Almost two weeks to the day since the federal government sent out the latest wave of stimulus checks totaling some $15 billion, Treasury Secretary Janet Yellen has an urgent warning for lawmakers: The US government is just weeks away from running out of money. Moreover, a federal government shutdown may happen as soon as this week. That’s because of a twin set of problems which includes existing government funding set to run out on Thursday.
For two days in a row now, Republicans in the US Senate have blocked Democrats’ effort to raise the nation’s borrowing limit. That limit has to increase so that government operations and spending can continue uninterrupted. With the increase also accomodating trillions of dollars in new spending approved under this administration.
Federal government shutdown looming this week
No matter which side of the political divide that you’re on, this has been another record year for government spending. True, Democrats want to raise the nation’s $28.4 trillion debt limit. They argue that what partly got us to this point was $5 trillion in tax cuts and spending approved during the Trump presidency.
Meanwhile, this year has seen the $1.9 trillion American Rescue Plan that Biden got Congress to pass earlier this year. Plus two new bills totalling $4.5 billion that the Biden administration urgently wants Congress to pass — a $1 trillion infrastructure package, plus a $3.5 trillion budget bill.
The American Rescue Plan, remember, is what made a load of stimulus checks possible. Including the one-off $1,400 stimulus checks, plus six monthly payments from July through December as part of the federal child tax credit expansion.
Current federal funding is due to run out on Thursday. That’s why a federal government shutdown could happen as soon as Friday if lawmakers can’t reach an accord.
In a letter to US House Speaker Nancy Pelosi, Yellen wrote that the Treasury Department’s “best and most recent information” shows that the federal government’s “cash and extraordinary measures will be exhausted during the month of October.”
Yellen continued: “A delay that calls into question the federal government’s ability to meet all its obligations would likely cause irreparable damage to the U.S. economy and global financial markets. At a time when American families, communities, and businesses are still suffering from the effects of the ongoing global pandemic, it would be particularly irresponsible to put the full faith and credit of the United States at risk.”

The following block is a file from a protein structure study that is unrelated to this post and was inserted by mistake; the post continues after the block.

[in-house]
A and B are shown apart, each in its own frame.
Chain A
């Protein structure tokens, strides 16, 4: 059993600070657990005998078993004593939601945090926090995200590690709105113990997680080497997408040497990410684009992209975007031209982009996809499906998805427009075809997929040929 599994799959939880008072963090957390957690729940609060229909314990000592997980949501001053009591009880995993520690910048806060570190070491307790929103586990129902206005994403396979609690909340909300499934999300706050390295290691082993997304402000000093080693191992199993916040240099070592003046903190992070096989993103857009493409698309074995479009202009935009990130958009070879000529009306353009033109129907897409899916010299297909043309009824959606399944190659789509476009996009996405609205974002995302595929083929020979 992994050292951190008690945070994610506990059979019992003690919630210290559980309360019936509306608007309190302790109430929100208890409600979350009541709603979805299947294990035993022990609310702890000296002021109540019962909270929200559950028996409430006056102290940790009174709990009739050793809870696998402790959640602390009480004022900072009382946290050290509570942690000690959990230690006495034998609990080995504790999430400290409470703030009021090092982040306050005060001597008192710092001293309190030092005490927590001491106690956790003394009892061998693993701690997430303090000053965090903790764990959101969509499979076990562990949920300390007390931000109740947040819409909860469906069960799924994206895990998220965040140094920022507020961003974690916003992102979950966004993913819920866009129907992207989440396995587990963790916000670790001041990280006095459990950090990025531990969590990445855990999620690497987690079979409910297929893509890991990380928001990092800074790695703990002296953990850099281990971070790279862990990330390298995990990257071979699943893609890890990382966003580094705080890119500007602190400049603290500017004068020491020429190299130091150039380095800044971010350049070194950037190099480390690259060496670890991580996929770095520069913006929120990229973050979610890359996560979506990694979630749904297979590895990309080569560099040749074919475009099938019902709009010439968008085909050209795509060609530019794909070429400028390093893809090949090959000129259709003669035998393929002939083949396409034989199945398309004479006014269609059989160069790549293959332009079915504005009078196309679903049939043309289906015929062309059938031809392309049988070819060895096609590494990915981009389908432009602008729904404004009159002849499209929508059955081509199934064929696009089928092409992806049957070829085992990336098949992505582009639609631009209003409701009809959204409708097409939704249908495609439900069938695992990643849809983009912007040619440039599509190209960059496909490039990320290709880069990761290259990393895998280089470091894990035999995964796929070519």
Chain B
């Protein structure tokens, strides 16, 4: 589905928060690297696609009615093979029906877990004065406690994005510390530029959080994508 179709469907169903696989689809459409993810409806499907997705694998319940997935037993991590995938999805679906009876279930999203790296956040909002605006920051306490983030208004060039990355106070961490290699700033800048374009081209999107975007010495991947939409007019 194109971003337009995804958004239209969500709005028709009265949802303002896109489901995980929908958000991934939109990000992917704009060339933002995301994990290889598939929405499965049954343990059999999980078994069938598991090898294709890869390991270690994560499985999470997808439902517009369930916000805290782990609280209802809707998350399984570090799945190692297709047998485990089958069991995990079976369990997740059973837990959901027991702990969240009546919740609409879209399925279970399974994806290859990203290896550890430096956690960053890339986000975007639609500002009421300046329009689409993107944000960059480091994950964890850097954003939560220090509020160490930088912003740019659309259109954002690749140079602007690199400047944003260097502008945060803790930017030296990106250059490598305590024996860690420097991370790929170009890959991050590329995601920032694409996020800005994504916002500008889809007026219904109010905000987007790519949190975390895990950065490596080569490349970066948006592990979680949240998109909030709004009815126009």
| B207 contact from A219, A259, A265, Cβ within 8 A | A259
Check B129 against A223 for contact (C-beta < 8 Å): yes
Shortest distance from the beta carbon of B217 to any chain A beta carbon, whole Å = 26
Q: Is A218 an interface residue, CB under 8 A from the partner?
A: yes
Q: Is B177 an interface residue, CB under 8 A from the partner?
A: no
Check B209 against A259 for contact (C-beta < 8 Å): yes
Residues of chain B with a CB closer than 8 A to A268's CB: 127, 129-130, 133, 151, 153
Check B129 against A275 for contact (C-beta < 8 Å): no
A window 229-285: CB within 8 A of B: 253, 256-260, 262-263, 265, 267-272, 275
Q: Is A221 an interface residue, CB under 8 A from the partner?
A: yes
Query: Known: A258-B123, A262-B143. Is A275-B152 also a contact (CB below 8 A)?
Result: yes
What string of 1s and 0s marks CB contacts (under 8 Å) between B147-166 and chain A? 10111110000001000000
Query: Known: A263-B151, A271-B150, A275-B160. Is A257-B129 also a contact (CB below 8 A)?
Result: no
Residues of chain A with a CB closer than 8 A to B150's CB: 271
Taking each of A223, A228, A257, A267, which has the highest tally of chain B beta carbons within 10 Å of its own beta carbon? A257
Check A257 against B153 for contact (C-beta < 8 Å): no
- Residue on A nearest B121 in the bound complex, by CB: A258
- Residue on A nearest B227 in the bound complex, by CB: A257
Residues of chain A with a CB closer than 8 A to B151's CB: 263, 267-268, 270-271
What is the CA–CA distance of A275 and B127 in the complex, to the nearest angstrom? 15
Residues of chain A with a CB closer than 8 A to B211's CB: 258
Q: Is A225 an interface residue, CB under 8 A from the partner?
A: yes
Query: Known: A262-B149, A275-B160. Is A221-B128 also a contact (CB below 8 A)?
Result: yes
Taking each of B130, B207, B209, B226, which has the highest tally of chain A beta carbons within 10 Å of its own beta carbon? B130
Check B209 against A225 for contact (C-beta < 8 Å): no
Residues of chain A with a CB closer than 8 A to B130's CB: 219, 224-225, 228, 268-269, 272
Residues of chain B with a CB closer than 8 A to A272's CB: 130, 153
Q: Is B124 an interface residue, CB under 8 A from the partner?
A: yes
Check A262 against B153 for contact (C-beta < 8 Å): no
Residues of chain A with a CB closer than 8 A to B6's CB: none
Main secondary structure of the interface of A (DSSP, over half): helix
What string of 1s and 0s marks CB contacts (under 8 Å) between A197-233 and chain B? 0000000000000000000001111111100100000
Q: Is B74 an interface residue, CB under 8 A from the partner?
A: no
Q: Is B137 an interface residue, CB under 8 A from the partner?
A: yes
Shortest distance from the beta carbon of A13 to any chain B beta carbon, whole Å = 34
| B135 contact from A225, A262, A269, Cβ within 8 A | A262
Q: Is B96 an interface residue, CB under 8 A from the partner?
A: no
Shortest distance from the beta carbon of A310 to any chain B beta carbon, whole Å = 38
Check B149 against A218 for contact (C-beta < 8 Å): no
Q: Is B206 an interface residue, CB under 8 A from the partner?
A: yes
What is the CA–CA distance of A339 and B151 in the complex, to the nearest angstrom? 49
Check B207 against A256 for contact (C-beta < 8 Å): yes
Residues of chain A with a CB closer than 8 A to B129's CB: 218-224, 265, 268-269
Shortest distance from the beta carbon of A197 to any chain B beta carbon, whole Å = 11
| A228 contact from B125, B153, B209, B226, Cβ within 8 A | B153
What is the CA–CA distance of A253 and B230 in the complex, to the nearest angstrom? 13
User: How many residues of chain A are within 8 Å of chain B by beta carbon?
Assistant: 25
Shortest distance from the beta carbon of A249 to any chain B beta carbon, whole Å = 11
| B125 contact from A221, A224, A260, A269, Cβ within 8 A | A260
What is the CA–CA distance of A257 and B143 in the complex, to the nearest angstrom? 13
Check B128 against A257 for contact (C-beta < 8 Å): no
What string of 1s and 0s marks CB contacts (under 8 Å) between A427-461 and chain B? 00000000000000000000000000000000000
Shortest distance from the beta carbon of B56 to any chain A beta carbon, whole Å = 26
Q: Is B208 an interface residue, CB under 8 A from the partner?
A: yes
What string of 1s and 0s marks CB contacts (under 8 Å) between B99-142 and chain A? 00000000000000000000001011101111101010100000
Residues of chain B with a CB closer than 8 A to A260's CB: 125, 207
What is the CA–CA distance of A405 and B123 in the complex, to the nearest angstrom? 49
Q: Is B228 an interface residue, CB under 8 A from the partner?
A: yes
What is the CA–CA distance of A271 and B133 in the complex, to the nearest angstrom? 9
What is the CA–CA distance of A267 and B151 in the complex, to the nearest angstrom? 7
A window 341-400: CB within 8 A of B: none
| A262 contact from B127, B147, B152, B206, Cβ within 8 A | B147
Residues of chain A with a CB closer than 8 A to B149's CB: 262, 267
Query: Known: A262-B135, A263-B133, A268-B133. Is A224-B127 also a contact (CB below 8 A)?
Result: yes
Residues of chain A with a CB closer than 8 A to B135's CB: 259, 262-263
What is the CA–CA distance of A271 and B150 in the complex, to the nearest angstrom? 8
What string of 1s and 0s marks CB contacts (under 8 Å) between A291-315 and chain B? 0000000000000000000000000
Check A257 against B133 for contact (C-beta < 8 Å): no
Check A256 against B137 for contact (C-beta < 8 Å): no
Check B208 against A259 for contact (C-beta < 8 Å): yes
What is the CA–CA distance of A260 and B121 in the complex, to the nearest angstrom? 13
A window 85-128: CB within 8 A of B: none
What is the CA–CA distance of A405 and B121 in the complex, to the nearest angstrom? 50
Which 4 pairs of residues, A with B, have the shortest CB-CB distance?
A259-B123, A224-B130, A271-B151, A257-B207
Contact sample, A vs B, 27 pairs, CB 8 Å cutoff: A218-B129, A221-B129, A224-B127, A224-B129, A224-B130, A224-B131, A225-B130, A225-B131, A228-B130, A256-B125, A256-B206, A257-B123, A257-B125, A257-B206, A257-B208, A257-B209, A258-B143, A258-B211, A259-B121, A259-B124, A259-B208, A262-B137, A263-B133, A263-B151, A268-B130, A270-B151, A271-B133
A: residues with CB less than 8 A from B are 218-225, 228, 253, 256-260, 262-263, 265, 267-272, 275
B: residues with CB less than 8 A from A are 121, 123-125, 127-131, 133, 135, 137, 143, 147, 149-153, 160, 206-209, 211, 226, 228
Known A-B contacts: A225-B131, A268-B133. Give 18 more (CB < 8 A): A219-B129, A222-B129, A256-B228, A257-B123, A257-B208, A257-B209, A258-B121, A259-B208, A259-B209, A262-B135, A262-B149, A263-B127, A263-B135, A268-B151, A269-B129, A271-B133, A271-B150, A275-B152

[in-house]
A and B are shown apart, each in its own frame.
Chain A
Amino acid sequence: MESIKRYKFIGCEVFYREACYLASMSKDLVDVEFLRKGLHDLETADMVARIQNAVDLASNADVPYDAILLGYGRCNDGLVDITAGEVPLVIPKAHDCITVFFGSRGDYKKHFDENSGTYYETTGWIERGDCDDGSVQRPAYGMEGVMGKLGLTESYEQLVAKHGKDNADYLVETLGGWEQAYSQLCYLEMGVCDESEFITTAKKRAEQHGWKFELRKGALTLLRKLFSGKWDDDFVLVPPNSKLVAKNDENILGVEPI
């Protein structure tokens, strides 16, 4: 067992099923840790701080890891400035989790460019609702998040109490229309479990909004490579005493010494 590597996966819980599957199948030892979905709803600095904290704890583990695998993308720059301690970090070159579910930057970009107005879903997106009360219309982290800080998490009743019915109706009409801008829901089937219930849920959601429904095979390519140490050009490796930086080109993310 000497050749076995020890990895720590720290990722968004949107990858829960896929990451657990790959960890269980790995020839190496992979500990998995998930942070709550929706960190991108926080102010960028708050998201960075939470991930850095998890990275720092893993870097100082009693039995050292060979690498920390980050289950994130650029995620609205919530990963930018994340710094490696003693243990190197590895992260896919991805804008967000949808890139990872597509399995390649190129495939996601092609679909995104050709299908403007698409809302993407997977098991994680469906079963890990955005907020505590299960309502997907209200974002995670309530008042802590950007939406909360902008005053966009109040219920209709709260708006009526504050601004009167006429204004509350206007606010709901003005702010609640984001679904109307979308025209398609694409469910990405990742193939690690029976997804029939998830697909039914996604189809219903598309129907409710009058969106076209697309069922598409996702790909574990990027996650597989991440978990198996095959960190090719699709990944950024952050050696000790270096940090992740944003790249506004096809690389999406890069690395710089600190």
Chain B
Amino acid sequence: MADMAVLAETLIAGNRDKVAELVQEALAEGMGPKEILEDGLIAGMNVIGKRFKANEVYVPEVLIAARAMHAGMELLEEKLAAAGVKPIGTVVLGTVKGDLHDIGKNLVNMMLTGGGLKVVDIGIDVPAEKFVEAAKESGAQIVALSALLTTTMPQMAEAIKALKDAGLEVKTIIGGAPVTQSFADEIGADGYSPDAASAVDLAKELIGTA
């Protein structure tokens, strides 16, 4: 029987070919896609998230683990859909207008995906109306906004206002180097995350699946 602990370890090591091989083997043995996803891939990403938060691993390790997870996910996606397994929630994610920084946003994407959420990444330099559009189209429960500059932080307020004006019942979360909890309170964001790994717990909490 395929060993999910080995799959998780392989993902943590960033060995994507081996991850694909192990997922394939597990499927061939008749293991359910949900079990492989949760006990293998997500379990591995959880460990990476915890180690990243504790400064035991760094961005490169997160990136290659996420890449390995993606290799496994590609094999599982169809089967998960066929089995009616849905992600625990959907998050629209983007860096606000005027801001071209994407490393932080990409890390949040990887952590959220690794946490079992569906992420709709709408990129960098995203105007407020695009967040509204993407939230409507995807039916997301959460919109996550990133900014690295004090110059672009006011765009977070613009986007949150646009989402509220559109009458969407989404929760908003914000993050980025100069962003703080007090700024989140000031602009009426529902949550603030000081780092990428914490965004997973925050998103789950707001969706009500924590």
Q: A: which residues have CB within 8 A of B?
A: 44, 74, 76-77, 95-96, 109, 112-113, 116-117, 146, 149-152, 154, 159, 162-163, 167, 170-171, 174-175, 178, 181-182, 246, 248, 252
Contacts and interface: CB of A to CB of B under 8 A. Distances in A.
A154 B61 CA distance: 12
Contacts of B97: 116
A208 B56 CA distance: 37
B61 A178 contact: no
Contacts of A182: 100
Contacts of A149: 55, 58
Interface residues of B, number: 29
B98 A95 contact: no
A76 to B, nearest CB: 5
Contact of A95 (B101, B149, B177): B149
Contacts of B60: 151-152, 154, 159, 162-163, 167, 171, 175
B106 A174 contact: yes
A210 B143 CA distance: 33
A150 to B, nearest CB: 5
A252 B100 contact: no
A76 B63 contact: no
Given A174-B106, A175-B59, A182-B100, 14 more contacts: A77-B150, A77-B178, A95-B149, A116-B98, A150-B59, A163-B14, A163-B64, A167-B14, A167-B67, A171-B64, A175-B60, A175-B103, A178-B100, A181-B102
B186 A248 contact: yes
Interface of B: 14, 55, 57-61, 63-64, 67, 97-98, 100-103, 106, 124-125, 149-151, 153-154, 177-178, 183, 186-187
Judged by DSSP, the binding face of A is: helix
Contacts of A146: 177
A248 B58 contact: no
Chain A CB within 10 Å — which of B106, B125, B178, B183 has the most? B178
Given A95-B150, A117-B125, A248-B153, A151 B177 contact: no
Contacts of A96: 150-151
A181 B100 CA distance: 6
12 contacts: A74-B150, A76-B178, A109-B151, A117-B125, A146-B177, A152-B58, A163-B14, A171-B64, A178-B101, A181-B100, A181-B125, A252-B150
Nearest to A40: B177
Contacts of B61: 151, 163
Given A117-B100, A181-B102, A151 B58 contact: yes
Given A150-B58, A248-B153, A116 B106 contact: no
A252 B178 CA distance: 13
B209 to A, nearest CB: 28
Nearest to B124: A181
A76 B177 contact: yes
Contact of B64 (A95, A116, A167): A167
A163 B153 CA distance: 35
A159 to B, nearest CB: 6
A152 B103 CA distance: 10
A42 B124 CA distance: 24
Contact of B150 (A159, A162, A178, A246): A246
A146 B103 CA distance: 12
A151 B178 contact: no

Needless to say, the consequence of the borrowing limit not being raised and the US government defaulting on its debt obligations would be catastrophic. Markets and the economy would likely tank. It would also likely interrupt paychecks to millions of Americans. And that’s just the worst-case scenario. Yellin, by the way, said this week that October 18 is likely the zero hour.
The possibility of a federal government shutdown, meanwhile, would be plenty painful in its own right. And it’s also a much more present threat. Democrats, of course, control both the House and Senate. And a bill to fund the government through December 3 passed the House last week. There’s a chance the Senate could pass a companion measure on Wednesday. But it still needs to give the Treasury Department more borrowing authority. And Republicans are trying hard to block that.
Whatever your political persuasion, this is a heck of a way to run a country.
When either party is out of power, it depicts itself as the last bastion of good and responsible governance in order to ingratiate itself to voters. Once that party is back in control? Whether it’s the GOP or Democrats, the spending gets dialed right back up to 11.
The dysfunction and insanity in the nation’s capital, in fact, is now so pervasive that dragging out these debt limit and borrowing votes to the last possible minute is now the norm. Sort of a now-familiar fact of political life, even. It seems like a lifetime ago, but the last federal government shutdown happened under President Trump. It lasted 35 days and ended in January 2019 (remember all those GoFundMe pages set up by federal workers struggling to pay bills during the shutdown?)
The biggest lender in the US, JPMorgan Chase & Co., is already gaming out potential default scenarios. CEO Jamie Dimon told Reuters on Tuesday that it’s studying how the possibility of a US credit default might affect the bank. “This is, like, the third time we’ve had to do this. It is a potentially catastrophic event. We should never even get this close.”